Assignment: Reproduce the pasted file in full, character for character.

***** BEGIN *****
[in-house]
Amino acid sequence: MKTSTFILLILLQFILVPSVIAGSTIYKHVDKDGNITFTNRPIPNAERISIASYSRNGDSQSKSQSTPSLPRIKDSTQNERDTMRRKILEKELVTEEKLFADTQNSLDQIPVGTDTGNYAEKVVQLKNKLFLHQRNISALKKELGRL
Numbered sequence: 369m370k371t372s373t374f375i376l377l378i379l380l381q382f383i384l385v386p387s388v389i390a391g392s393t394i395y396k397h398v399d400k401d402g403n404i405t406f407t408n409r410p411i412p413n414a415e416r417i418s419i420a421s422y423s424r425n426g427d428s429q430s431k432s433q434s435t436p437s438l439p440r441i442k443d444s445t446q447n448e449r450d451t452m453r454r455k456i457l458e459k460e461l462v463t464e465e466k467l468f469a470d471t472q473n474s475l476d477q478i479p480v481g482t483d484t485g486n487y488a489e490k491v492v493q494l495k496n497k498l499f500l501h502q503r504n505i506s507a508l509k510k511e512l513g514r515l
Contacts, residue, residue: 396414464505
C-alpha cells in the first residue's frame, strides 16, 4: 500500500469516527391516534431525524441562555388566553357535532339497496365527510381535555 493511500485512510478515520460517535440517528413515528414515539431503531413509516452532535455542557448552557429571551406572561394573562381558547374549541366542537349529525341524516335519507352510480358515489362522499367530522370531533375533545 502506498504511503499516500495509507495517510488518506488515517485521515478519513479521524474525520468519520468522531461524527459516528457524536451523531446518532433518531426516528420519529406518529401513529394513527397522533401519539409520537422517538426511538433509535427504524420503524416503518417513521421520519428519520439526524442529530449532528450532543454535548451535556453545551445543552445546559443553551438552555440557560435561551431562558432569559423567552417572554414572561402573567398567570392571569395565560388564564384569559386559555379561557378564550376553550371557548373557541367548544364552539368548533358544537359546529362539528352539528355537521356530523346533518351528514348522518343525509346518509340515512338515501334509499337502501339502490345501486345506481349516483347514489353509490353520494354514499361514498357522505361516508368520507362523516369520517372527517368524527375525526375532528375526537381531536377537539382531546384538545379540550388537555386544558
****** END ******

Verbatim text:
[in-house]
Amino acid sequence: MKTSTFILLILLQFILVPSVIAGSTIYKHVDKDGNITFTNRPIPNAERISIASYSRNGDSQSKSQSTPSLPRIKDSTQNERDTMRRKILEKELVTEEKLFADTQNSLDQIPVGTDTGNYAEKVVQLKNKLFLHQRNISALKKELGRL
Numbered sequence: 369m370k371t372s373t374f375i376l377l378i379l380l381q382f383i384l385v386p387s388v389i390a391g392s393t394i395y396k397h398v399d400k401d402g403n404i405t406f407t408n409r410p411i412p413n414a415e416r417i418s419i420a421s422y423s424r425n426g427d428s429q430s431k432s433q434s435t436p437s438l439p440r441i442k443d444s445t446q447n448e449r450d451t452m453r454r455k456i457l458e459k460e461l462v463t464e465e466k467l468f469a470d471t472q473n474s475l476d477q478i479p480v481g482t483d484t485g486n487y488a489e490k491v492v493q494l495k496n497k498l499f500l501h502q503r504n505i506s507a508l509k510k511e512l513g514r515l
Contacts, residue, residue: 396414464505
C-alpha cells in the first residue's frame, strides 16, 4: 500500500469516527391516534431525524441562555388566553357535532339497496365527510381535555 493511500485512510478515520460517535440517528413515528414515539431503531413509516452532535455542557448552557429571551406572561394573562381558547374549541366542537349529525341524516335519507352510480358515489362522499367530522370531533375533545 502506498504511503499516500495509507495517510488518506488515517485521515478519513479521524474525520468519520468522531461524527459516528457524536451523531446518532433518531426516528420519529406518529401513529394513527397522533401519539409520537422517538426511538433509535427504524420503524416503518417513521421520519428519520439526524442529530449532528450532543454535548451535556453545551445543552445546559443553551438552555440557560435561551431562558432569559423567552417572554414572561402573567398567570392571569395565560388564564384569559386559555379561557378564550376553550371557548373557541367548544364552539368548533358544537359546529362539528352539528355537521356530523346533518351528514348522518343525509346518509340515512338515501334509499337502501339502490345501486345506481349516483347514489353509490353520494354514499361514498357522505361516508368520507362523516369520517372527517368524527375525526375532528375526537381531536377537539382531546384538545379540550388537555386544558